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Popper: “Falsifiability is the criterion”
Lecture updated!
Why reject verifiability?
By then (for reasons we will study shortly), scientists and
philosophers recognized that no empirical theory could
ever be proven.
This seemed to take any degree of certainty off the table
Moreover, according to Popper, “verifications” or
confirmations of a theory were, in many cases, all too easy
to come by.
‘Falsifiability’ is a criterion scientists often site… as do
their critics!
Popper: “Falsifiability is the criterion”
 Do be scientific, a claim, hypothesis, or theory
must be, in principle at least?, falsifiable
 It must rule out/prohibit some observable (in
principle?) object or event that, if observed, would
demonstrate the claim, hypothesis or theory is
 If a claim or theory is compatible with all and any
states of affairs, it is not falsifiable and thus not
scientific (or, as Popper claims” it is “pseudoscientific”
Popper: “Falsifiability is the criterion”
Exhibit A:
 In
court cases decided (in one instance) by the US
Supreme Court and by state supreme courts, first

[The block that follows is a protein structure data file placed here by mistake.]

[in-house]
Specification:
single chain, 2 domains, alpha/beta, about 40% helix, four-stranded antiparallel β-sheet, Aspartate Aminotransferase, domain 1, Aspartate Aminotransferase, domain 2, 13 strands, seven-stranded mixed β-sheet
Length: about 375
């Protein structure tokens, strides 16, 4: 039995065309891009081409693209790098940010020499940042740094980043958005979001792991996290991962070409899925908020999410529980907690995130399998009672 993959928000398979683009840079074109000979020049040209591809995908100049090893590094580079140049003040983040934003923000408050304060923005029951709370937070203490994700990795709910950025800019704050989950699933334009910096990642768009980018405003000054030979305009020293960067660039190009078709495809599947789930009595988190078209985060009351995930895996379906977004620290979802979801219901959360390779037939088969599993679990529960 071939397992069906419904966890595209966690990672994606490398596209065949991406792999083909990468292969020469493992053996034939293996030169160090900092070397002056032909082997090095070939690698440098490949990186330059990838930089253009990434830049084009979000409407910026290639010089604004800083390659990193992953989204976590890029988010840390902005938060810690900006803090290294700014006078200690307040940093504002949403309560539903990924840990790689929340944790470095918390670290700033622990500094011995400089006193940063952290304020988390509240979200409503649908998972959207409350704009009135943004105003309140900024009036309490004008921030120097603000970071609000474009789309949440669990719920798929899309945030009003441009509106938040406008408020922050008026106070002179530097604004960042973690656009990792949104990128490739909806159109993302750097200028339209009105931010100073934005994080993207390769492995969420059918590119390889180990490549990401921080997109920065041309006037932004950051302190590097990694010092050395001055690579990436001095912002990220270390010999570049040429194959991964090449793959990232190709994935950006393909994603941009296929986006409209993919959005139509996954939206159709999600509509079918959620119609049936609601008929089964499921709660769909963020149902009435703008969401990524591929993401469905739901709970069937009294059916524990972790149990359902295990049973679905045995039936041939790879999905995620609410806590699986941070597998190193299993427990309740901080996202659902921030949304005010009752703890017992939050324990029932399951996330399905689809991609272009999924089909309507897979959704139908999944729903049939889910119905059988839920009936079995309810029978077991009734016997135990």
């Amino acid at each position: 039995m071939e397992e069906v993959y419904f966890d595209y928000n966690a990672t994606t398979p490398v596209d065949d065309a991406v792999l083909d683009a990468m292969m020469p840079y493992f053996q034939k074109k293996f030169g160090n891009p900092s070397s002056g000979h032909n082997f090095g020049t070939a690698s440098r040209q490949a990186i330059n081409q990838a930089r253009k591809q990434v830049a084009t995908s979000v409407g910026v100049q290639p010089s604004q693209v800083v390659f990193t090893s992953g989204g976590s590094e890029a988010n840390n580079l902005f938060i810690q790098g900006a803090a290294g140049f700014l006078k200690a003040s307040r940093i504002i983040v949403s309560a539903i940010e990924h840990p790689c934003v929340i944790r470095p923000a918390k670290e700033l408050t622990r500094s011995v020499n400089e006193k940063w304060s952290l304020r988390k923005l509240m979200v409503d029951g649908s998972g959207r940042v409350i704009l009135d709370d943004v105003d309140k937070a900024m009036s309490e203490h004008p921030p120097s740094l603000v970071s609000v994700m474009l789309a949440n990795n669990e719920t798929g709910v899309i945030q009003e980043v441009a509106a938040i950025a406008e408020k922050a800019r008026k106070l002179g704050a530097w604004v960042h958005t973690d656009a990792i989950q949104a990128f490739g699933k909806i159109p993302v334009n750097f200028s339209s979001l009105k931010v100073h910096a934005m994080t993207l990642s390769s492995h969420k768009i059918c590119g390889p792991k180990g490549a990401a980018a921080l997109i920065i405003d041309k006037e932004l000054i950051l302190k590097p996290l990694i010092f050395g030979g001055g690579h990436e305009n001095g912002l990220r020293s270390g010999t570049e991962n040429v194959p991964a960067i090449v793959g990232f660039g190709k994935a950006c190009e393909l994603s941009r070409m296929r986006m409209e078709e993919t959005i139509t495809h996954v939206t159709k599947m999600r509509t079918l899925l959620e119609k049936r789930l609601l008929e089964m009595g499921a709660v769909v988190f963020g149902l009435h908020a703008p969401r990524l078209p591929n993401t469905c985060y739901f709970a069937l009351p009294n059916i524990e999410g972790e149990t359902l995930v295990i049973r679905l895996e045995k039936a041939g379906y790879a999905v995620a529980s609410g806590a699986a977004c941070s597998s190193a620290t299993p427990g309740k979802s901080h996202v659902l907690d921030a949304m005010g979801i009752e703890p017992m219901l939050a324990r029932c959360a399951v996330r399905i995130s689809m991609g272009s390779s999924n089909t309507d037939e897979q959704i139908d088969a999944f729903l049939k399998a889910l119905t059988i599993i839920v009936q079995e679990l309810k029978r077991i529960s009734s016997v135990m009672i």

“Creation Science” and, more recently, “Intelligent
Design” were banned from public schools on the
grounds that they were not falsifiable, thus not
scientific but rather religion (which can’t be taught in
public schools).
 Advocates of CS and ID then argued that evolutionary
theory isn’t falsifiable and, thus, not science!
BTW: is String Theory falsifiable?
Popper: “Falsifiability is the criterion”
His targets:
 Adlerian
 Freudian psychology
 Marxist theory
What they have in common:
 Their
advocates see confirmations everywhere
Where (I contend) they differ:
 The
first two may well be “unfalsifiable”
 The problem with Marxism (which was falsifiable) was
with its advocates, not the theory itself
Popper: “Falsifiability is the criterion”
His targets:
 Adlerian
 Freudian psychology
What renders them “unfalsifiable”?
 Not
the uncritical attitude of their advocates
 The second has a “protective belt” that effectively
repels all counter-evidence
 The first is simply compatible with any way an agent